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The WHO Global Clinical Platform Study: People With HIV and COVID-19

Daniel R. Kuritzkes, MD

Chief, Division of Infectious Diseases
Brigham and Women's Hospital
Harriet Ryan Albee Professor of Medicine
Harvard Medical School
Boston, Massachusetts


Daniel R. Kuritzkes, MD, has disclosed that he has received funds for research support from Atea, Gilead Sciences, Merck, Novartis, and ViiV Healthcare and consulting fees from Abpro, Atea, Decoy, Gilead Sciences, GlaxoSmithKline, Janssen, Merck, Rigel, and ViiV Healthcare.


View ClinicalThoughts from this Author

Released: August 20, 2021

Interplay of HIV and COVID-19
The syndemics of HIV and COVID-19 have taken a considerable toll worldwide among persons with HIV (PWH). Even among those who remain healthy and free of SARS-CoV-2, the disruptions caused by the COVID-19 pandemic have curtailed in-person clinic visits, new starts of pre-exposure prophylaxis, and laboratory monitoring of antiretroviral therapy (ART) for those with HIV who are receiving ART. Diversion of laboratory capacity toward testing for SARS-CoV-2 has delayed the turnaround time for viral load testing and, in some settings, has resulted in shortages of antiretroviral medication because of delays in timely delivery of critical drug supply.

How preexisting HIV affects risk of acquiring COVID-19 and clinical outcomes among PWH have been uppermost in the minds of healthcare professionals caring for such patients since the onset of the SARS-CoV-2 pandemic. Contradictory reports have emerged from studies during the past 18 months, some suggesting that HIV does not increase the risk of severe disease or death from COVID-19 and other studies concluding the opposite.

Data From 3 Studies in PWH and COVID-19 Presented at IAS 2021
A study presented at IAS 2021 by Silvia Bertagnolio of the World Health Organization (WHO) shed new light on this important question. The Global Clinical Platform for COVID-19 collected anonymized patient-level data; the analysis described here included data from January 1, 2020, through April 29, 2021. Data collected from 168,649 patients from 24 countries hospitalized with COVID-19 and with known HIV status were included in the current analysis. In total, 15,552 patients (9.2%) were PWH; information on ART use was available for only 40% of the PWH. Outcomes that were analyzed included the association of demographic and clinical characteristics with HIV status, COVID-19 severity, and in-hospital mortality. Of those with HIV, the mean age was 45.5 years and 37.1% were male. Of note, 94.6% of PWH included in this analysis were from South Africa, which may have resulted in substantial skewing of results based on characteristics of PWH from that country. Recall that information regarding use of ART was available on only 40% of the PWH—unfortunately, data on virus loads and CD4+ cell counts were unavailable.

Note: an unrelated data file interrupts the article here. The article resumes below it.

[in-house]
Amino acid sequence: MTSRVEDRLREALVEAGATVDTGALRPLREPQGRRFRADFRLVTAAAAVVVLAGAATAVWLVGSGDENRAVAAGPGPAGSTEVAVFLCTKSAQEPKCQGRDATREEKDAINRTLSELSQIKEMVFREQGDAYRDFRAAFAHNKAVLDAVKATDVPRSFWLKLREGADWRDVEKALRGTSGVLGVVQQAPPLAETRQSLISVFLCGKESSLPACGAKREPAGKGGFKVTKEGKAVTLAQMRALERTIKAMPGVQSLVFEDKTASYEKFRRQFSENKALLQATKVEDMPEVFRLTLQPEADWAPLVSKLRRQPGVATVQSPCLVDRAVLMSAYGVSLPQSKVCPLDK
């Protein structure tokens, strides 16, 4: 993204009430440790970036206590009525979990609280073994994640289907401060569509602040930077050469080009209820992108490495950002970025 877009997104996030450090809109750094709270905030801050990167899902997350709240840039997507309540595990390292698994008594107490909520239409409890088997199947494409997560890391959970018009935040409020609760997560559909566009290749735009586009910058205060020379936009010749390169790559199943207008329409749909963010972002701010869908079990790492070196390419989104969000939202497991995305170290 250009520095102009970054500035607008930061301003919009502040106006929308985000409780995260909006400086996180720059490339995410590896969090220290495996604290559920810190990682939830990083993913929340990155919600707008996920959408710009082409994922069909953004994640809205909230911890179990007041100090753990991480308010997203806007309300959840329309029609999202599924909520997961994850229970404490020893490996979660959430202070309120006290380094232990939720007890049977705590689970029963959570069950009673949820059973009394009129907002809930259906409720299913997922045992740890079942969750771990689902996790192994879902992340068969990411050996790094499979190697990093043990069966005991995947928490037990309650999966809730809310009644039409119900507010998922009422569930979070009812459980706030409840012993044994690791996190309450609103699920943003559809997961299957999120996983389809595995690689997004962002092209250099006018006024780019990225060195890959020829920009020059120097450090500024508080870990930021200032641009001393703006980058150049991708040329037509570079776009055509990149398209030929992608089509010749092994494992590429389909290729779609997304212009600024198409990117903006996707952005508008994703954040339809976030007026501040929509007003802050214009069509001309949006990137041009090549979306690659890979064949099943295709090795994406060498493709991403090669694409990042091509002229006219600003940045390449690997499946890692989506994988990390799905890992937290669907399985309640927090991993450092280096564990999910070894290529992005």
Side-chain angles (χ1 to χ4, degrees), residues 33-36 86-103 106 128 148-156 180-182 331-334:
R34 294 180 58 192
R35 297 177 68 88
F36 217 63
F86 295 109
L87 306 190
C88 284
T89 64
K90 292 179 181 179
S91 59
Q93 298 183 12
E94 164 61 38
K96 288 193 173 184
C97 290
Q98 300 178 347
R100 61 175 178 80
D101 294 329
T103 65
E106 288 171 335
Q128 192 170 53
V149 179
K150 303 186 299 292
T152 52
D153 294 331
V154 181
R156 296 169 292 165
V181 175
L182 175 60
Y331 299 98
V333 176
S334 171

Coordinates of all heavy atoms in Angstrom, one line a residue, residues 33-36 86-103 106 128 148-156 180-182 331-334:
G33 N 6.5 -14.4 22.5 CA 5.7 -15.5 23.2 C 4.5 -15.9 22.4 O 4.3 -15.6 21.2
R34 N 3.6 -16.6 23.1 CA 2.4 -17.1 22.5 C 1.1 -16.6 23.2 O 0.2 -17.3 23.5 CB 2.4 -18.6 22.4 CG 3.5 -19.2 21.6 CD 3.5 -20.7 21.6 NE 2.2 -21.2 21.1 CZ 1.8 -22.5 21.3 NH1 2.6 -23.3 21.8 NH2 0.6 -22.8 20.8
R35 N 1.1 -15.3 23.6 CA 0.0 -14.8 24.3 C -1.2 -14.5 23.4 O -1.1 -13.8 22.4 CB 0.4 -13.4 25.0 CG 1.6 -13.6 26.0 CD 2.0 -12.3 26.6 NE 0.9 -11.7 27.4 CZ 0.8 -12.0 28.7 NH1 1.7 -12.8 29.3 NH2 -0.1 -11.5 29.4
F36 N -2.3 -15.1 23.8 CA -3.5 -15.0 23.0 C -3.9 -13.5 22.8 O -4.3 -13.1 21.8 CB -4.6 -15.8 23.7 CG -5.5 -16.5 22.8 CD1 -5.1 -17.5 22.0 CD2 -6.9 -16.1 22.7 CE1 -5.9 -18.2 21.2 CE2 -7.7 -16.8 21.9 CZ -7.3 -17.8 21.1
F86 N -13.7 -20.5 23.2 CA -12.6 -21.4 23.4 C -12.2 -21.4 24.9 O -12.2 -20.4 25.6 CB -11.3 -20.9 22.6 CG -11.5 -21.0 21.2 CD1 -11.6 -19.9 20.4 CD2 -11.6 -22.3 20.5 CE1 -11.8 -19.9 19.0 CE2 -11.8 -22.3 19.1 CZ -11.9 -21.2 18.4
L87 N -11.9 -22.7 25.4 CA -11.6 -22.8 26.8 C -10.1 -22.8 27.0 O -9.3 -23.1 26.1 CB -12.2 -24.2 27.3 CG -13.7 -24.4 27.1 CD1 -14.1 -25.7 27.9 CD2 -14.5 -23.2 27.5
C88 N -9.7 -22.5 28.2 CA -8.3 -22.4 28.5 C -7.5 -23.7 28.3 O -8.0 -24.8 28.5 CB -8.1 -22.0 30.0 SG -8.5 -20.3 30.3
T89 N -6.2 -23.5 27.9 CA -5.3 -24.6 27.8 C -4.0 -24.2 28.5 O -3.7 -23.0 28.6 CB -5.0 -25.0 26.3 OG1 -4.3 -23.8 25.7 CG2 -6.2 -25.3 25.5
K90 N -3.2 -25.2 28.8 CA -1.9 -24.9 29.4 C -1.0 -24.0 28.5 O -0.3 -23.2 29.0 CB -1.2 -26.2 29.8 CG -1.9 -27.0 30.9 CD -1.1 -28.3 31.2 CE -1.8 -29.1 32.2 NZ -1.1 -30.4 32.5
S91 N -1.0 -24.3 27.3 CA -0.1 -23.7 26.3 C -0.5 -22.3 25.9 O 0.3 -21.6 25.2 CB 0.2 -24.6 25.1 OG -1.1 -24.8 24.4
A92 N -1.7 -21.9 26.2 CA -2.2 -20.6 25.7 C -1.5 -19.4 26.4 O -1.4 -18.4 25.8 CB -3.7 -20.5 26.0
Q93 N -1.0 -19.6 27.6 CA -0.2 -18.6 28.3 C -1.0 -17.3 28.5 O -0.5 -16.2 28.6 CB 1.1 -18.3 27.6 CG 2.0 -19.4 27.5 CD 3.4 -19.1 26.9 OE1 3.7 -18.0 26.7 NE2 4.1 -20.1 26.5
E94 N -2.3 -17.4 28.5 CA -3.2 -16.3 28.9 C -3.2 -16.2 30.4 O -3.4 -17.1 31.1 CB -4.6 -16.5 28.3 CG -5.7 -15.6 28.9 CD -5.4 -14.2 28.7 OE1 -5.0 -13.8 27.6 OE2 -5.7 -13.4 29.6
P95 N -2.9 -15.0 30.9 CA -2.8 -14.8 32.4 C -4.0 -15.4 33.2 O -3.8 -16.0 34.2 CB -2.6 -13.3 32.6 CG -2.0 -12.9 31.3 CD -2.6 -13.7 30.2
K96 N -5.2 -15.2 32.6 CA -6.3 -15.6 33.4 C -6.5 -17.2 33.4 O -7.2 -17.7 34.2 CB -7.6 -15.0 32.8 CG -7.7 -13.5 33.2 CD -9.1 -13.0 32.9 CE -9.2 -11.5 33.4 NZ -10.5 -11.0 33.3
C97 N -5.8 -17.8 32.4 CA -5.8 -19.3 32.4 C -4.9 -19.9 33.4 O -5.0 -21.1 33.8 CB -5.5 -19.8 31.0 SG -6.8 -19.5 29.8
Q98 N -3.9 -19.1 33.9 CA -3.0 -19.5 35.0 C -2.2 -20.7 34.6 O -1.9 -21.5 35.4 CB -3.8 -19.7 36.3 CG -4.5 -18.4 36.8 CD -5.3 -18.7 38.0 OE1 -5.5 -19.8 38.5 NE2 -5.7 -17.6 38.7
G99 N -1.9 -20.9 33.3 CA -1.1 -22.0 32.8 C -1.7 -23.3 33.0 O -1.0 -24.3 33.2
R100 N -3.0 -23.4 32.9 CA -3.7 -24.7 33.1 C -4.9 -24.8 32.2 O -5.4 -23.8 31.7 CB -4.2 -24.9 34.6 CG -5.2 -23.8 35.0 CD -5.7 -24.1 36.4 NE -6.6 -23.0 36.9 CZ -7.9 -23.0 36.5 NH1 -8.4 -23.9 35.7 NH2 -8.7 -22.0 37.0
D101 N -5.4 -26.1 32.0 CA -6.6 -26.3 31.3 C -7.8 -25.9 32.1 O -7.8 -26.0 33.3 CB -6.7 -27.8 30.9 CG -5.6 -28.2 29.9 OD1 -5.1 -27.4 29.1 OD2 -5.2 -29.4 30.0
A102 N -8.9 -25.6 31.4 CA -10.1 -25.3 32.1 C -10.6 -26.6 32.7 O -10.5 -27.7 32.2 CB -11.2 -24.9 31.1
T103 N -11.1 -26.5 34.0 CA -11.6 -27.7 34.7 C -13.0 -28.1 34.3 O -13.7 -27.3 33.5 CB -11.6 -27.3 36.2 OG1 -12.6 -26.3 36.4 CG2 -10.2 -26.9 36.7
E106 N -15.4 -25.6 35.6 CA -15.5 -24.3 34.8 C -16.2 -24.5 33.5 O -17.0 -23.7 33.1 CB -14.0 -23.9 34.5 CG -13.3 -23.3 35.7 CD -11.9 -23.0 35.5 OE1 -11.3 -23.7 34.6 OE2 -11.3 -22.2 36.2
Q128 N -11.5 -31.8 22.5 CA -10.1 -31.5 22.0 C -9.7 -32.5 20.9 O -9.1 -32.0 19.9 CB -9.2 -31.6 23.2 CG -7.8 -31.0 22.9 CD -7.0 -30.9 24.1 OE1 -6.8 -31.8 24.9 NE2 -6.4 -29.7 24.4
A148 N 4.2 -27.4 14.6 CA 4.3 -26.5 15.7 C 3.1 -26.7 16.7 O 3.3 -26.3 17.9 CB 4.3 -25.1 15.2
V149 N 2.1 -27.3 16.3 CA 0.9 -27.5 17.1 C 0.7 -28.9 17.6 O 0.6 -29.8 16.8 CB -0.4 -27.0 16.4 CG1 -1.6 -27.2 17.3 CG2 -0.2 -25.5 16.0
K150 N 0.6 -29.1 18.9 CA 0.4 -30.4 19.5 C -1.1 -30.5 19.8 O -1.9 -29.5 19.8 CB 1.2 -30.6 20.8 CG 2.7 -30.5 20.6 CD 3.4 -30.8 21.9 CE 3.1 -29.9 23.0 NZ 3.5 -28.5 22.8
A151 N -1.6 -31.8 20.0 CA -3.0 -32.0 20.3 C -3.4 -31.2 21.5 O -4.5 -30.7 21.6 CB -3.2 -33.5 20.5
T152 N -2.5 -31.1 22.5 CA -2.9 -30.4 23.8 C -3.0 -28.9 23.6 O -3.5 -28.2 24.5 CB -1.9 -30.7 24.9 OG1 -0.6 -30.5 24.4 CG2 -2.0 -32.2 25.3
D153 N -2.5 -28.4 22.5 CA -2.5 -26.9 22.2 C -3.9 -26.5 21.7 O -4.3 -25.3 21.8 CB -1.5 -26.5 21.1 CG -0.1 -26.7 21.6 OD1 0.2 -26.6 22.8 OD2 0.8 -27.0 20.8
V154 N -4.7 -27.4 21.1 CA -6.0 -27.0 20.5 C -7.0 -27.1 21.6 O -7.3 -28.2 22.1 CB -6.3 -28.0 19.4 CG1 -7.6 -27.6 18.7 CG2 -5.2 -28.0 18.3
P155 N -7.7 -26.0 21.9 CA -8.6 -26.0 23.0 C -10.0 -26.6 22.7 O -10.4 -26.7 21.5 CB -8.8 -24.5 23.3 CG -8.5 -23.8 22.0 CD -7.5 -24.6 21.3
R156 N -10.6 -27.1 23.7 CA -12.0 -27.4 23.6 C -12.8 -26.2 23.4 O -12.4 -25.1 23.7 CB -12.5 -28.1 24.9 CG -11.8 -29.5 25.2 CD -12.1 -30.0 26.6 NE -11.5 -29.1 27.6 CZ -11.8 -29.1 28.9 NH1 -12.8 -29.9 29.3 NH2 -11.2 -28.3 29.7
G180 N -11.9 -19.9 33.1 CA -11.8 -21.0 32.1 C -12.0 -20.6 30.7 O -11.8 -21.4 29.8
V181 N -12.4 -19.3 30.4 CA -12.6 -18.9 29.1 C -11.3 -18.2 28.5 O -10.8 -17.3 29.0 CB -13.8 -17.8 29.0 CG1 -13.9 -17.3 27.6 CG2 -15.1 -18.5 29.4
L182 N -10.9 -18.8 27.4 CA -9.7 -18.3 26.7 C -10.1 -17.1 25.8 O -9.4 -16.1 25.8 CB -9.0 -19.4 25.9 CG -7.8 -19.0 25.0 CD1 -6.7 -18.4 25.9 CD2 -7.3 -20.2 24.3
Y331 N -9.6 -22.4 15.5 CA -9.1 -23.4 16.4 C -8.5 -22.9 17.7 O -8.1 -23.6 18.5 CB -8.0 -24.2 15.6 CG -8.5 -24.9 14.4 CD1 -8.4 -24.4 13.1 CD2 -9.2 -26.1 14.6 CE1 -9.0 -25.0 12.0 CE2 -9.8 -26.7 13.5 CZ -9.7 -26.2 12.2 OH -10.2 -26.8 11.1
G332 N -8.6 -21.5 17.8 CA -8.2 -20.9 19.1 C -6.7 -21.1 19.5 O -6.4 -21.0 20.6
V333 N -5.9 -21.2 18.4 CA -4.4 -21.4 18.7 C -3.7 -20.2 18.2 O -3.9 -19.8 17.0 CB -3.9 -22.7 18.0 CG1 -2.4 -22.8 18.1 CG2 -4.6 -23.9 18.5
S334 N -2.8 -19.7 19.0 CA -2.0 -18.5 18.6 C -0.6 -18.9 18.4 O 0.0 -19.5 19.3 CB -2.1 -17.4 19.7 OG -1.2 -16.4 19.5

Overall, the study found that HIV was independently associated with a significantly increased risk of severe or critical COVID-19 at the time of hospital admission and a significantly increased risk of in-hospital mortality. Sensitivity analyses that excluded data from South Africa confirmed these findings, although because such analyses included only 5% of the original number of PWH, they must be considered with caution. Analyses showed that as in the general population, aged 65 years or older, male sex, and preexisting diabetes and/or hypertension were each individually associated with an increased risk of severe COVID-19 and in-hospital mortality.

Results of the WHO study stand in contrast to those of the American Heart Association (AHA) COVID-19 Cardiovascular Disease Registry. That study tracked outcomes among 21,528 persons hospitalized with COVID-19 in 2020 at 107 US hospitals. This study found no difference in in-hospital mortality between persons with and without HIV. However, the AHA study was considerably smaller than the WHO study and included only 220 persons with HIV. Data from a study in Spain of 13,142 PWH, 749 of whom developed COVID-19, found that detectable HIV-1 RNA, older age, chronic comorbidities, and migrant status were each associated with a higher risk of severe outcomes of COVID-19.

Taken together, these studies suggest that the impact of preexisting HIV on COVID-19 outcomes is dependent on the clinical setting. Patients with poorly controlled HIV are more likely to suffer severe outcomes of COVID-19. These findings support the WHO recommendation that PWH be prioritized for vaccination against COVID-19, and the recent recommendation by the CDC that people with poorly controlled or advanced HIV disease (CD4+ cell count <200 cells/mm3) receive a third vaccination to be considered fully immunized. These findings underscore the importance of universal access to ART for all PWH and ensuring equitable access to COVID-19 vaccination worldwide.

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